Tuesday, March 27, 2007

The Vision of Youth

John Reilly came back to New Orleans after being forced to leave his college as Katrina approached. He wrote an incredible article about the same things I experienced when I returned in October of 2005. And again in January of 2006. And again in March and and in May and in August, and every time I have come home since. The crux of the article to me is in its last three paragraphs:

There was and is no outrage that New Orleans was not a 'natural disaster,' but rather a disaster of planning, neglect and of failed budget appropriations for decades. Rather the aftermath of Hurricane Katrina in New Orleans is a national disaster in which thousands and thousands of people for decades participated.

After Sept. 11, 2001 the media was willing to parade the turmoil of the crying wives and families of the firefighters and police officers who died in the towers because television ratings, we the collective, were responsive to these images. After Hurricane Katrina, stories about the brave people who risked their lives to save strangers in the first hours of the floodwaters were absent. In their place, images of violence, looting, exaggerated stories of crime and chaos ran rampant because the media understood perfectly what Americans would watch. None of us asked why we were only shown these gratuitous images.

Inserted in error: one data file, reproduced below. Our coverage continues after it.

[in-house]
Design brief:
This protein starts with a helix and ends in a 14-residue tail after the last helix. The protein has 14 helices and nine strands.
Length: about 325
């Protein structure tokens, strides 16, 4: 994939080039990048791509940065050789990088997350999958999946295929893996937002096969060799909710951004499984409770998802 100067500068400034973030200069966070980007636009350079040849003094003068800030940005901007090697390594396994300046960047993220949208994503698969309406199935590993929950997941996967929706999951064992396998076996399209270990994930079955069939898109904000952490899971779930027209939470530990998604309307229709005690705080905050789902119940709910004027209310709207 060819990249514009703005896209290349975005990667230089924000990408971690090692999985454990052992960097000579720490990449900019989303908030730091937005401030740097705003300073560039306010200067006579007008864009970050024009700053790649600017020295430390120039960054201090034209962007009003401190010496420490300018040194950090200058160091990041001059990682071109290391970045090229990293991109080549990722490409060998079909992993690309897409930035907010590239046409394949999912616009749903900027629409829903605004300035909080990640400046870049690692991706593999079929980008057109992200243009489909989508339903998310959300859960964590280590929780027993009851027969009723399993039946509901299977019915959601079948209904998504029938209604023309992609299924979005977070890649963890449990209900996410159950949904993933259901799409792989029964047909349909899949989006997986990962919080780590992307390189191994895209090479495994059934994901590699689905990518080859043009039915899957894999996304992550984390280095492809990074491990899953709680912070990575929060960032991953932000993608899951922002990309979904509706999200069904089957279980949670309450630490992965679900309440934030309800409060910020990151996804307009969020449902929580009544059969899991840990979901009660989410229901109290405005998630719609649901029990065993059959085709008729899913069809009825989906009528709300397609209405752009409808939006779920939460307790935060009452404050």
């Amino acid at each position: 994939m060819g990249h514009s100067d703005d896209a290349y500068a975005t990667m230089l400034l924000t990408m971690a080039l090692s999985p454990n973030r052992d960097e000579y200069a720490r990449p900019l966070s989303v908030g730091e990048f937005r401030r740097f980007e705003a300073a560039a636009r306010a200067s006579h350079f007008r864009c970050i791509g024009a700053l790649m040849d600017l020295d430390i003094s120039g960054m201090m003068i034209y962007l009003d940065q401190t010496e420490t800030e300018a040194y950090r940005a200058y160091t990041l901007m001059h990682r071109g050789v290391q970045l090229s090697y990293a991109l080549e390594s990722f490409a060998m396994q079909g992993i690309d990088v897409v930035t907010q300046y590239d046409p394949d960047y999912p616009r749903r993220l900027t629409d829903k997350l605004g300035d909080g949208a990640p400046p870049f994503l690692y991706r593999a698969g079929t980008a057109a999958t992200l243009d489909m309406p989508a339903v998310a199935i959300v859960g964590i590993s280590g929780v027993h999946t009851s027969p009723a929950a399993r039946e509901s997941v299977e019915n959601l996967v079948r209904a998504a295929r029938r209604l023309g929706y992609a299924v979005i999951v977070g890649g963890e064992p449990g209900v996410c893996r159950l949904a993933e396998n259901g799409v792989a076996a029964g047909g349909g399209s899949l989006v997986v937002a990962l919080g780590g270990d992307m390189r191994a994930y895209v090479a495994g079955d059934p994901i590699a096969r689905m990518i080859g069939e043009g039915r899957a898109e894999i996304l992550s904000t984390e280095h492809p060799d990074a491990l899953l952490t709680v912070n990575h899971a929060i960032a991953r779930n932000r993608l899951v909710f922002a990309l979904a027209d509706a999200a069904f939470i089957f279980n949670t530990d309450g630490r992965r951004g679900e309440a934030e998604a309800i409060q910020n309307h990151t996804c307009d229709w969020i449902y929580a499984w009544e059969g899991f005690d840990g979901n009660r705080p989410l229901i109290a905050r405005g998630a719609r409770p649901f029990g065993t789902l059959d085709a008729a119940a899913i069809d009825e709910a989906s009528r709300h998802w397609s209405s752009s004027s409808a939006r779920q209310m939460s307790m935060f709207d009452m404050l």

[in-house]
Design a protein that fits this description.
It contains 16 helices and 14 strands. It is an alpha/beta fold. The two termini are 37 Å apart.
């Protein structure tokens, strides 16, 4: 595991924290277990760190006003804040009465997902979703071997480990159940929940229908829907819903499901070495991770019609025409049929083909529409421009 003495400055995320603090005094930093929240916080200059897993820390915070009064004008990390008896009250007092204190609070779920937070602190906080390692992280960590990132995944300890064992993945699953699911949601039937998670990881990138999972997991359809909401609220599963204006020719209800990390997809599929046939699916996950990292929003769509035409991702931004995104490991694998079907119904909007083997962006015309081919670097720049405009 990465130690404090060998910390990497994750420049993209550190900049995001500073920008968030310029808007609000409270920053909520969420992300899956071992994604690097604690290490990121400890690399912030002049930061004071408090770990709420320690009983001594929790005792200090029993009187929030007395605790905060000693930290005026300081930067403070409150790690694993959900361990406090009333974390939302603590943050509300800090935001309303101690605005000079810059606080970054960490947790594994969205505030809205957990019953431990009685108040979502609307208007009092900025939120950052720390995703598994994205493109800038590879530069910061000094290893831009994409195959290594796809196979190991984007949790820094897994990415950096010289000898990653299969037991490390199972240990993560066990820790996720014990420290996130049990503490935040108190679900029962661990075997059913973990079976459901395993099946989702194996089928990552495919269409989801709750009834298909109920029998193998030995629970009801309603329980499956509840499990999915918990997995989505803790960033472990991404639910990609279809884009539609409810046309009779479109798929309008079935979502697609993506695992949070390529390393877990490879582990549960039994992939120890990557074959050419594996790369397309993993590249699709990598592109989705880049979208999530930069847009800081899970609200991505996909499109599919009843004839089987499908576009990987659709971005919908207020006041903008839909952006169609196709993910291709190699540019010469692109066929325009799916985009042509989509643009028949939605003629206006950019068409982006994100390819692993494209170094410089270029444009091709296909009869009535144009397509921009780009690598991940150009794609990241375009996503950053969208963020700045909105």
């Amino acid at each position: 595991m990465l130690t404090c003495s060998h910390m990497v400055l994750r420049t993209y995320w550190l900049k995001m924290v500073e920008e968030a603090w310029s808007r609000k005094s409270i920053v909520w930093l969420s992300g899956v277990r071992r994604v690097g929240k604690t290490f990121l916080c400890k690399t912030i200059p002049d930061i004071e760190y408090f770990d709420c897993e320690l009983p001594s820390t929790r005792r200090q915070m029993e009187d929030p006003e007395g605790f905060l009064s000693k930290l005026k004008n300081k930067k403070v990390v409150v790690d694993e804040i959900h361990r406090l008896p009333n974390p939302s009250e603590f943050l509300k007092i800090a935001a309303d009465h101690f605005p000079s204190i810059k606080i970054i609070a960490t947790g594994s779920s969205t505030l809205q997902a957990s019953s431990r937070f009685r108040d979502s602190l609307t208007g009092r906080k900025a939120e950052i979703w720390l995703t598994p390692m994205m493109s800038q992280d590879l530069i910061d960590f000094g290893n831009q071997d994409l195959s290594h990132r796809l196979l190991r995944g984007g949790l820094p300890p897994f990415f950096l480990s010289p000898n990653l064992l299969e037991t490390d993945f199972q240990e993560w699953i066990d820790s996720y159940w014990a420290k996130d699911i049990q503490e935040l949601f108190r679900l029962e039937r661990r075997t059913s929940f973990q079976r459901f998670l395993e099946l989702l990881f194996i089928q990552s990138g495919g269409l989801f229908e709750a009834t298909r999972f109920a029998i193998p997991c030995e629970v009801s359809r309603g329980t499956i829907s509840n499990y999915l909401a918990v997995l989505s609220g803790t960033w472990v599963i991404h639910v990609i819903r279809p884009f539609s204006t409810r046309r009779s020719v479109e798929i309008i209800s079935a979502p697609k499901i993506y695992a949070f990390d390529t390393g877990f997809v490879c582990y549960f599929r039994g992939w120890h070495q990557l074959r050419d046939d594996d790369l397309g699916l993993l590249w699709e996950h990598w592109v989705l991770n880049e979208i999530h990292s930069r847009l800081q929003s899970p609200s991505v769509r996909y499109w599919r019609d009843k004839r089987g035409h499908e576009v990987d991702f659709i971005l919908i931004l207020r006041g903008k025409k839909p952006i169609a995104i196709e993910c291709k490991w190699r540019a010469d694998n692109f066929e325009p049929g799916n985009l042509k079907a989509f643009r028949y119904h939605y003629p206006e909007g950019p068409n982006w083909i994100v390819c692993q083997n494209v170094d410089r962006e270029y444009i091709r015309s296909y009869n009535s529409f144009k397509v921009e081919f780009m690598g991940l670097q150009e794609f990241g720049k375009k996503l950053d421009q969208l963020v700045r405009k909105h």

In England during World War II, average citizens opened their homes to Polish people fleeing the Nazi invasion and invited them to stay for the duration of the war. Some people graciously put themselves out to help the people of New Orleans, but most did not; if only the people of New Orleans had been born a different color. A few dollars to the Red Cross or a keg party was 'charity.' It was easiest but totally incomplete to blame George Bush, Ray Nagin or the sacrificial lamb, Michael Brown of FEMA, because it's all of them and even more. The failure to deal justly with New Orleans after Hurricane Katrina is a failure on the part of our country and its citizens, every last one of us. New Orleans isn't an isolated or distant problem; it's a symptom of everything that is wrong with our society. If you are looking for answers, or wondering about a way forward, you should start your search in a mirror.
John gets it. Succinctly and concisely. And others need to start getting it, too. Especially our president and the candidates who plan to take over in 2009.

1 comment:

oyster said...

Thanks for finding and linking this outstanding article.